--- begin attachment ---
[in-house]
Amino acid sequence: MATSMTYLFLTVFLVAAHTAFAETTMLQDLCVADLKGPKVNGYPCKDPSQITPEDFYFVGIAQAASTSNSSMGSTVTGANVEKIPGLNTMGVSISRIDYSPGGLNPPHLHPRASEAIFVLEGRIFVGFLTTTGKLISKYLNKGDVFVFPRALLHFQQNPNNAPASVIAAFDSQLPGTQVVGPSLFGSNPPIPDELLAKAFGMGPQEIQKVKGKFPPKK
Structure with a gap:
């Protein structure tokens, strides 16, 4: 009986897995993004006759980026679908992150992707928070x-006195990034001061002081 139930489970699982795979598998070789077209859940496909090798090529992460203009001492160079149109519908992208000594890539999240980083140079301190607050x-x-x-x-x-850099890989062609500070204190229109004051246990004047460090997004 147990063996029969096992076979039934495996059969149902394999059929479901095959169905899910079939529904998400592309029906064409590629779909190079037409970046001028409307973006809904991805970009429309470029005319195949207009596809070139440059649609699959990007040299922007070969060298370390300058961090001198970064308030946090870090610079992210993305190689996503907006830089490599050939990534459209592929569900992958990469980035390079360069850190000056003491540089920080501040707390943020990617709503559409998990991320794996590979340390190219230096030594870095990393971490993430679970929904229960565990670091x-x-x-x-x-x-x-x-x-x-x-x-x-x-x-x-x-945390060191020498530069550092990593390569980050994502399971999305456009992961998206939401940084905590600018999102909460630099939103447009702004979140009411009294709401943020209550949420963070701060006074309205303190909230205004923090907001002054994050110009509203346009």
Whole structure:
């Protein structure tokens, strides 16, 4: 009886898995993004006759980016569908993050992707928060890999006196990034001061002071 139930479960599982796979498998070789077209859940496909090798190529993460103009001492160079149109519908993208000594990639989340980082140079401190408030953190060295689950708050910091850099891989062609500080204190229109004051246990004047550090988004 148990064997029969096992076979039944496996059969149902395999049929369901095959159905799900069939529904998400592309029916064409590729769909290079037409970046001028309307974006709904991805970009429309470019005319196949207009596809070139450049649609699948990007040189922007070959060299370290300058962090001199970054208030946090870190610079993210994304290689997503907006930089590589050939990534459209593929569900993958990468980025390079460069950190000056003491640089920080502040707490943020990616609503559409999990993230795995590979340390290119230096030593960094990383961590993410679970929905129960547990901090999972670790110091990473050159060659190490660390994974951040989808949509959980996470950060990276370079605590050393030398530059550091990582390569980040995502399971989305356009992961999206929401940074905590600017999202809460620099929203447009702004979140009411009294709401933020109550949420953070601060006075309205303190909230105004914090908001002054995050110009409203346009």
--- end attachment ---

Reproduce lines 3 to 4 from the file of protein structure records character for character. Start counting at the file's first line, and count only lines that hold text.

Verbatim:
Structure with a gap:
């Protein structure tokens, strides 16, 4: 009986897995993004006759980026679908992150992707928070x-006195990034001061002081 139930489970699982795979598998070789077209859940496909090798090529992460203009001492160079149109519908992208000594890539999240980083140079301190607050x-x-x-x-x-850099890989062609500070204190229109004051246990004047460090997004 147990063996029969096992076979039934495996059969149902394999059929479901095959169905899910079939529904998400592309029906064409590629779909190079037409970046001028409307973006809904991805970009429309470029005319195949207009596809070139440059649609699959990007040299922007070969060298370390300058961090001198970064308030946090870090610079992210993305190689996503907006830089490599050939990534459209592929569900992958990469980035390079360069850190000056003491540089920080501040707390943020990617709503559409998990991320794996590979340390190219230096030594870095990393971490993430679970929904229960565990670091x-x-x-x-x-x-x-x-x-x-x-x-x-x-x-x-x-945390060191020498530069550092990593390569980050994502399971999305456009992961998206939401940084905590600018999102909460630099939103447009702004979140009411009294709401943020209550949420963070701060006074309205303190909230205004923090907001002054994050110009509203346009």